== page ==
The friendship enjoyed by Steve Bruce and Bryan Robson is deep enough to transcend parochial rivalries but for Birmingham City and West Bromwich Albion the stakes have now gone beyond mere West Midlands bragging rights. When the two face one another at St Andrew's on Saturday, it will probably be the first time their respective managers have spoken since the battle for Premiership survival became serious.
Perhaps it is to be expected. If the two were not already locked in a fight for one place at the top table, they almost certainly are now and they will not be exchanging tips on how to make it theirs.
"I haven't spoken to Bryan in weeks," Bruce admitted after defeat at Middlesbrough left his Birmingham side still in the bottom three, still three points behind Robson's Albion. In the past the two former Manchester United team-mates have chatted regularly, over dinner or on the phone. Lately, though, the lines have stayed silent.
It does not surprise the Birmingham manager. "We both understand the situation," he said. "We're both fighting for our lives and we both want to keep our clubs in the Premier League because we all know what that means and what happens if you don't."
Clearly, though, the warmth remains, with Bruce looking for an excuse to break the ice. "He's been in a bit of bother today, hasn't he?" he enquired, having seen television pictures of Robson and Jose Mourinho exchanging angry words on the touchline during Chelsea's win at The Hawthorns. "I might give him a bell to see how he is. I wish he was in my team for the West Brom game, that's for sure."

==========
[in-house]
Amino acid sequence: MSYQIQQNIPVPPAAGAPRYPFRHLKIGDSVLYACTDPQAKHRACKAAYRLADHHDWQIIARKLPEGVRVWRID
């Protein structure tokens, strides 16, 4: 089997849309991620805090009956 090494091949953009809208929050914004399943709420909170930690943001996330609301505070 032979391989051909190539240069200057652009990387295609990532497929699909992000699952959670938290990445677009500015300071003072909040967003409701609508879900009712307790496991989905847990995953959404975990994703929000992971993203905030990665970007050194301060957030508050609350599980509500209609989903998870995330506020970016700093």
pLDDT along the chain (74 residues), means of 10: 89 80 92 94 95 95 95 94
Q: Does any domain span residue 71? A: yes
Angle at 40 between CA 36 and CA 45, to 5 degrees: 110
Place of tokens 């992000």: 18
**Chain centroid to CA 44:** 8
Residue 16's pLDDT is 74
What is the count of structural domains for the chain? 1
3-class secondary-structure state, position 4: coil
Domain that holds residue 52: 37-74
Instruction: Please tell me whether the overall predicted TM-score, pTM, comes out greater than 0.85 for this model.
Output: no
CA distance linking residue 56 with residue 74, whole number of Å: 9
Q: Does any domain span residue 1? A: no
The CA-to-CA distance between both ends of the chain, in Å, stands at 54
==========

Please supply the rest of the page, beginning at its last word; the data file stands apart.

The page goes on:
Bruce knows that the energy, bravery and cussed refusal to concede defeat that characterised Robson as a player are the qualities both teams will require in the games to come. Birmingham were the better side against Middlesbrough but possibly lacked the extra ounce of willpower that might have won the points.
He recognises, too, that while the derby will not decide the struggle, its outcome will carry huge significance. Bruce's best hope seems to be that his players will draw on recent experience against rivals in similar straits. "It will be an edgy occasion but we're used to that edginess. We beat Sunderland and Portsmouth so we've become accustomed to beating the teams around us.
"Defeat would not be the be-all and end-all of the season for either side but psychologically it's a big, big game. If we can beat them we will go above them and be out of the bottom three for the first time since October."
Birmingham have the bonus of a game in hand, although that knowledge only marginally lessens the disappointment of having failed to do the leapfrogging on Saturday. There were chances, notably to David Dunn and Emile Heskey, but neither could match the execution Mark Viduka produced to score the decisive goal moments before half-time. The Australian striker took advantage of an error by Bruce's son, Alex, before tucking the ball home from a narrow angle, remarkably scoring his seventh goal in his last six appearances against Birmingham for Middlesbrough and Leeds. "It was a great goal and shows what Mark is capable of," the Middlesbrough manager, Steve McClaren, said.
Relegation had been a nagging fear for Middlesbrough a month ago but four wins in five has given them breathing space so that Thursday's Uefa Cup first leg against Roma can be approached with a clear head.
Goal: Viduka (45) 1-0.
Middlesbrough (4-4-2): Schwarzer; Parnaby (Davies, 20), Riggott, Southgate, Queudrue; Mendieta (Doriva, 68), Boateng, Cattermole, Pogatetz; Yakubu, Viduka (Maccarone, 68). Substitutes not used: Jones (gk), Ehiogu.
Birmingham City (4-4-2): Maik Taylor; Melchiot, Bruce, Martin Taylor, Gray; Pennant, Kilkenny (Jarosik, 57), Butt, Johnson (Forssell, 78); Dunn (Campbell, 56), Heskey. Substitutes not used: Vaesen (gk), Tebily.
Referee: G Poll (Hertfordshire).
Man of the match: Viduka.
Attendance: 28,141.Reuse content